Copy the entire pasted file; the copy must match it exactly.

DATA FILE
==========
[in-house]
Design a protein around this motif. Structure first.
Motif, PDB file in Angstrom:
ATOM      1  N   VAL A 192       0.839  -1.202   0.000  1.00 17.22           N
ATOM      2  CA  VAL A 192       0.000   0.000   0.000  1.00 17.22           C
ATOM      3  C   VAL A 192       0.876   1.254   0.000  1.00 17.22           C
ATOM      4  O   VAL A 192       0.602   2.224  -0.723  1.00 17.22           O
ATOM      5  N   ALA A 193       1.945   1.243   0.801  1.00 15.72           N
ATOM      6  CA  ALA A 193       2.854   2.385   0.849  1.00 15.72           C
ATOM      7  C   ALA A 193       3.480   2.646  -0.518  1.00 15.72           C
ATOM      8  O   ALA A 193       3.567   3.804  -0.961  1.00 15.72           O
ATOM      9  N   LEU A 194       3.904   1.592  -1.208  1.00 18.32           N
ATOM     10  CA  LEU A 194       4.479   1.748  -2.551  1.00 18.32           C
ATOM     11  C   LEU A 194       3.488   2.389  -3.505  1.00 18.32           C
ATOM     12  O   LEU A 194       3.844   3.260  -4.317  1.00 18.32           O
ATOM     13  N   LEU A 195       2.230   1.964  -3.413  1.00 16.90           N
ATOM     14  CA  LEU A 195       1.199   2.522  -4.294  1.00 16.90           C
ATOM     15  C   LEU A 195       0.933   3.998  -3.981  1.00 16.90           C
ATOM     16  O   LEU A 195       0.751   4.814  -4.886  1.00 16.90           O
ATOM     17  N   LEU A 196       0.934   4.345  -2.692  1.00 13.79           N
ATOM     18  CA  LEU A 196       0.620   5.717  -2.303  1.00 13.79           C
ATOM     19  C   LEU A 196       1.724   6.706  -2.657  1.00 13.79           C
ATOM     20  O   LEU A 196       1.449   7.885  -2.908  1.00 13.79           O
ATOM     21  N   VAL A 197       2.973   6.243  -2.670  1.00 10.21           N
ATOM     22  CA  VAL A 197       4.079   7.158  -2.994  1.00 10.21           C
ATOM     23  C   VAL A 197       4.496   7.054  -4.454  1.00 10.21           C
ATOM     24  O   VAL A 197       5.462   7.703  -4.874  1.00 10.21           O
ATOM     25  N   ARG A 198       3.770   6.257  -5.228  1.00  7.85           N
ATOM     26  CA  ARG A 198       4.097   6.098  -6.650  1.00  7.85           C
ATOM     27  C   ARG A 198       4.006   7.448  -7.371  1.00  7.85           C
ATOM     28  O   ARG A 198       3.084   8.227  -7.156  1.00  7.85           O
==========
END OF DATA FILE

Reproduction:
[in-house]
Design a protein around this motif. Structure first.
Motif, PDB file in Angstrom:
ATOM      1  N   VAL A 192       0.839  -1.202   0.000  1.00 17.22           N
ATOM      2  CA  VAL A 192       0.000   0.000   0.000  1.00 17.22           C
ATOM      3  C   VAL A 192       0.876   1.254   0.000  1.00 17.22           C
ATOM      4  O   VAL A 192       0.602   2.224  -0.723  1.00 17.22           O
ATOM      5  N   ALA A 193       1.945   1.243   0.801  1.00 15.72           N
ATOM      6  CA  ALA A 193       2.854   2.385   0.849  1.00 15.72           C
ATOM      7  C   ALA A 193       3.480   2.646  -0.518  1.00 15.72           C
ATOM      8  O   ALA A 193       3.567   3.804  -0.961  1.00 15.72           O
ATOM      9  N   LEU A 194       3.904   1.592  -1.208  1.00 18.32           N
ATOM     10  CA  LEU A 194       4.479   1.748  -2.551  1.00 18.32           C
ATOM     11  C   LEU A 194       3.488   2.389  -3.505  1.00 18.32           C
ATOM     12  O   LEU A 194       3.844   3.260  -4.317  1.00 18.32           O
ATOM     13  N   LEU A 195       2.230   1.964  -3.413  1.00 16.90           N
ATOM     14  CA  LEU A 195       1.199   2.522  -4.294  1.00 16.90           C
ATOM     15  C   LEU A 195       0.933   3.998  -3.981  1.00 16.90           C
ATOM     16  O   LEU A 195       0.751   4.814  -4.886  1.00 16.90           O
ATOM     17  N   LEU A 196       0.934   4.345  -2.692  1.00 13.79           N
ATOM     18  CA  LEU A 196       0.620   5.717  -2.303  1.00 13.79           C
ATOM     19  C   LEU A 196       1.724   6.706  -2.657  1.00 13.79           C
ATOM     20  O   LEU A 196       1.449   7.885  -2.908  1.00 13.79           O
ATOM     21  N   VAL A 197       2.973   6.243  -2.670  1.00 10.21           N
ATOM     22  CA  VAL A 197       4.079   7.158  -2.994  1.00 10.21           C
ATOM     23  C   VAL A 197       4.496   7.054  -4.454  1.00 10.21           C
ATOM     24  O   VAL A 197       5.462   7.703  -4.874  1.00 10.21           O
ATOM     25  N   ARG A 198       3.770   6.257  -5.228  1.00  7.85           N
ATOM     26  CA  ARG A 198       4.097   6.098  -6.650  1.00  7.85           C
ATOM     27  C   ARG A 198       4.006   7.448  -7.371  1.00  7.85           C
ATOM     28  O   ARG A 198       3.084   8.227  -7.156  1.00  7.85           O